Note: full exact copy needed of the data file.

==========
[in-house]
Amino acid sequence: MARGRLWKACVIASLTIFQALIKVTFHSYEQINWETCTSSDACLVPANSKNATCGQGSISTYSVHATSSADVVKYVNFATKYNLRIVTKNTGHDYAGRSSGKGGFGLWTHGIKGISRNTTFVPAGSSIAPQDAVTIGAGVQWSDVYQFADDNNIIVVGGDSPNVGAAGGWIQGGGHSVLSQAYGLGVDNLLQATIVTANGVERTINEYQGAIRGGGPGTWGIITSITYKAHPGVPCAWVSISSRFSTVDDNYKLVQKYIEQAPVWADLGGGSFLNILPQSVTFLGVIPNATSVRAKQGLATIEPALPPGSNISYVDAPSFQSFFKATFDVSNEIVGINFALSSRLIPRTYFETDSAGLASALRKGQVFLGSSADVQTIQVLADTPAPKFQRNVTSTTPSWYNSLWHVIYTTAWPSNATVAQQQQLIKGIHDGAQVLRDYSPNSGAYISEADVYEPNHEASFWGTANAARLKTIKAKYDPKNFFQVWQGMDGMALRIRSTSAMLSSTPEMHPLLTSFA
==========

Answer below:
[in-house]
Amino acid sequence: MARGRLWKACVIASLTIFQALIKVTFHSYEQINWETCTSSDACLVPANSKNATCGQGSISTYSVHATSSADVVKYVNFATKYNLRIVTKNTGHDYAGRSSGKGGFGLWTHGIKGISRNTTFVPAGSSIAPQDAVTIGAGVQWSDVYQFADDNNIIVVGGDSPNVGAAGGWIQGGGHSVLSQAYGLGVDNLLQATIVTANGVERTINEYQGAIRGGGPGTWGIITSITYKAHPGVPCAWVSISSRFSTVDDNYKLVQKYIEQAPVWADLGGGSFLNILPQSVTFLGVIPNATSVRAKQGLATIEPALPPGSNISYVDAPSFQSFFKATFDVSNEIVGINFALSSRLIPRTYFETDSAGLASALRKGQVFLGSSADVQTIQVLADTPAPKFQRNVTSTTPSWYNSLWHVIYTTAWPSNATVAQQQQLIKGIHDGAQVLRDYSPNSGAYISEADVYEPNHEASFWGTANAARLKTIKAKYDPKNFFQVWQGMDGMALRIRSTSAMLSSTPEMHPLLTSFA